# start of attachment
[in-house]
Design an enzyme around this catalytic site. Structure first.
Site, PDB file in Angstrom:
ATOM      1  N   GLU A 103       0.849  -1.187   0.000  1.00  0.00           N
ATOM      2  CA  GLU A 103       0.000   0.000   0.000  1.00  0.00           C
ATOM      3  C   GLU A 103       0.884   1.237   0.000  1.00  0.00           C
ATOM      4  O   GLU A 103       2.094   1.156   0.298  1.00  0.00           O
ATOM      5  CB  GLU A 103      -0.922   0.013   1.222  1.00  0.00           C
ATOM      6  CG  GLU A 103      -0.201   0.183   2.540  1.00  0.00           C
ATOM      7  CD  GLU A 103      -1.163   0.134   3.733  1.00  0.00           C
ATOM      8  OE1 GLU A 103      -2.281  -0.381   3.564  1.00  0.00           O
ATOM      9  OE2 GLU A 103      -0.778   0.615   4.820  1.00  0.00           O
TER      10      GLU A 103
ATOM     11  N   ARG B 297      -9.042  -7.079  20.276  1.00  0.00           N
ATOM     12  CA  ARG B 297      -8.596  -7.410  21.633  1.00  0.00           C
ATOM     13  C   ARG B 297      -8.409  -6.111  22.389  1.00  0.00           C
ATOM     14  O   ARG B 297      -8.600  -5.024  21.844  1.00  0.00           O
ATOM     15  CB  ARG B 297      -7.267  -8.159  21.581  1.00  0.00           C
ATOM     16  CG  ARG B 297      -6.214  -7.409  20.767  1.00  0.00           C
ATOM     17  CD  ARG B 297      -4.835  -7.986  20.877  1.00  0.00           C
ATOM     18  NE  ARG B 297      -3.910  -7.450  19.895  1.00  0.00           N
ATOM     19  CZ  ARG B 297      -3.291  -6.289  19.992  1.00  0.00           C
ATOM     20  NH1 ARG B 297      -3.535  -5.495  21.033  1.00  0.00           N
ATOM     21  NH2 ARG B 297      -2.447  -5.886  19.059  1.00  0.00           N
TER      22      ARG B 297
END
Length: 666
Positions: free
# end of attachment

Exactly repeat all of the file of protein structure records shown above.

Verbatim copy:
[in-house]
Design an enzyme around this catalytic site. Structure first.
Site, PDB file in Angstrom:
ATOM      1  N   GLU A 103       0.849  -1.187   0.000  1.00  0.00           N
ATOM      2  CA  GLU A 103       0.000   0.000   0.000  1.00  0.00           C
ATOM      3  C   GLU A 103       0.884   1.237   0.000  1.00  0.00           C
ATOM      4  O   GLU A 103       2.094   1.156   0.298  1.00  0.00           O
ATOM      5  CB  GLU A 103      -0.922   0.013   1.222  1.00  0.00           C
ATOM      6  CG  GLU A 103      -0.201   0.183   2.540  1.00  0.00           C
ATOM      7  CD  GLU A 103      -1.163   0.134   3.733  1.00  0.00           C
ATOM      8  OE1 GLU A 103      -2.281  -0.381   3.564  1.00  0.00           O
ATOM      9  OE2 GLU A 103      -0.778   0.615   4.820  1.00  0.00           O
TER      10      GLU A 103
ATOM     11  N   ARG B 297      -9.042  -7.079  20.276  1.00  0.00           N
ATOM     12  CA  ARG B 297      -8.596  -7.410  21.633  1.00  0.00           C
ATOM     13  C   ARG B 297      -8.409  -6.111  22.389  1.00  0.00           C
ATOM     14  O   ARG B 297      -8.600  -5.024  21.844  1.00  0.00           O
ATOM     15  CB  ARG B 297      -7.267  -8.159  21.581  1.00  0.00           C
ATOM     16  CG  ARG B 297      -6.214  -7.409  20.767  1.00  0.00           C
ATOM     17  CD  ARG B 297      -4.835  -7.986  20.877  1.00  0.00           C
ATOM     18  NE  ARG B 297      -3.910  -7.450  19.895  1.00  0.00           N
ATOM     19  CZ  ARG B 297      -3.291  -6.289  19.992  1.00  0.00           C
ATOM     20  NH1 ARG B 297      -3.535  -5.495  21.033  1.00  0.00           N
ATOM     21  NH2 ARG B 297      -2.447  -5.886  19.059  1.00  0.00           N
TER      22      ARG B 297
END
Length: 666
Positions: free